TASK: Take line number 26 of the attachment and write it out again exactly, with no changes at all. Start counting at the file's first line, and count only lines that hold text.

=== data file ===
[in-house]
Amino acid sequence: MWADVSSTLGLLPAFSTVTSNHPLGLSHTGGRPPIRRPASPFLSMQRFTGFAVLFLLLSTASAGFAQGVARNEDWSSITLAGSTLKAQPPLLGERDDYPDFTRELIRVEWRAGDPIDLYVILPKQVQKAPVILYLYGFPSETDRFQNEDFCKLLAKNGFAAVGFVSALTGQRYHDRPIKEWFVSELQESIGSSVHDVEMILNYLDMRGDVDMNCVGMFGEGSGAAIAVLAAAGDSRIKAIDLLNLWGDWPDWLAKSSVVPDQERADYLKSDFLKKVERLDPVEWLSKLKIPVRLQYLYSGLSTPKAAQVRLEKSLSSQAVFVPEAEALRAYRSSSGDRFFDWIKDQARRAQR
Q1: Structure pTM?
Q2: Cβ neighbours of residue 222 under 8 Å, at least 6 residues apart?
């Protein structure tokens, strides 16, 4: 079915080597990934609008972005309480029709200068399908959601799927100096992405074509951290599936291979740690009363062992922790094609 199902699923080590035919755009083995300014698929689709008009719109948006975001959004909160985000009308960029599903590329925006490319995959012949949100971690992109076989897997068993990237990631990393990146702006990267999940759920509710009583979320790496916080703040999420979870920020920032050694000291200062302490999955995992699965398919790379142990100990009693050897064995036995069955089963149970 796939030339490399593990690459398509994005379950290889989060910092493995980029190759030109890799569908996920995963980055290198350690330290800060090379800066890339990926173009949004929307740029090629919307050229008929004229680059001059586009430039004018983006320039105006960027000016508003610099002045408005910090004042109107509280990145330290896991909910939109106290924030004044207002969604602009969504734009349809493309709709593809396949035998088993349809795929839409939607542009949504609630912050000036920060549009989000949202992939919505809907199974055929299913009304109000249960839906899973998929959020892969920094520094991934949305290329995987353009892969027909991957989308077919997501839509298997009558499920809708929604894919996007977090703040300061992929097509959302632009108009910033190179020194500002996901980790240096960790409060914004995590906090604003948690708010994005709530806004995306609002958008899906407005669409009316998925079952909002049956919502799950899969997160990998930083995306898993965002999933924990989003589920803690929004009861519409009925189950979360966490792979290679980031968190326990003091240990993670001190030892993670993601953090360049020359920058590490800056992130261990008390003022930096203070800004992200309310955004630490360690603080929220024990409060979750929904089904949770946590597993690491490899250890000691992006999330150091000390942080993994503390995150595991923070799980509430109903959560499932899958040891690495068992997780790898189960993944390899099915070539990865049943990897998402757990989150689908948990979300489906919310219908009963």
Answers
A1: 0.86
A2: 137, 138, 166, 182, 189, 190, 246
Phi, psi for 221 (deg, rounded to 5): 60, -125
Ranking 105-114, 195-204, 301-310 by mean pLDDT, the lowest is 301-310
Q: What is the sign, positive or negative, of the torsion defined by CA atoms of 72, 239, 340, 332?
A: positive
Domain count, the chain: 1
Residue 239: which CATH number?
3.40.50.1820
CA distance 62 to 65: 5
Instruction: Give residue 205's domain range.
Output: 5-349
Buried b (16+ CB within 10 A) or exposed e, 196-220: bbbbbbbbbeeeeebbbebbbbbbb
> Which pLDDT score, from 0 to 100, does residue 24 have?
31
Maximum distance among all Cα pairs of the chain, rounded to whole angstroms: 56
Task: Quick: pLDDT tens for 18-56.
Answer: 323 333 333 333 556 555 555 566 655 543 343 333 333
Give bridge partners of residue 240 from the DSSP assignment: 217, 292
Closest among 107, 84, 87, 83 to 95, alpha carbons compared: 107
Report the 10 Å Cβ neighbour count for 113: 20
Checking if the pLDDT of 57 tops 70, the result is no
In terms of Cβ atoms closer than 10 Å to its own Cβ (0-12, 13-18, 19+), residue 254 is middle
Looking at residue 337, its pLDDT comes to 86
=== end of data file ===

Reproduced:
Closest among 107, 84, 87, 83 to 95, alpha carbons compared: 107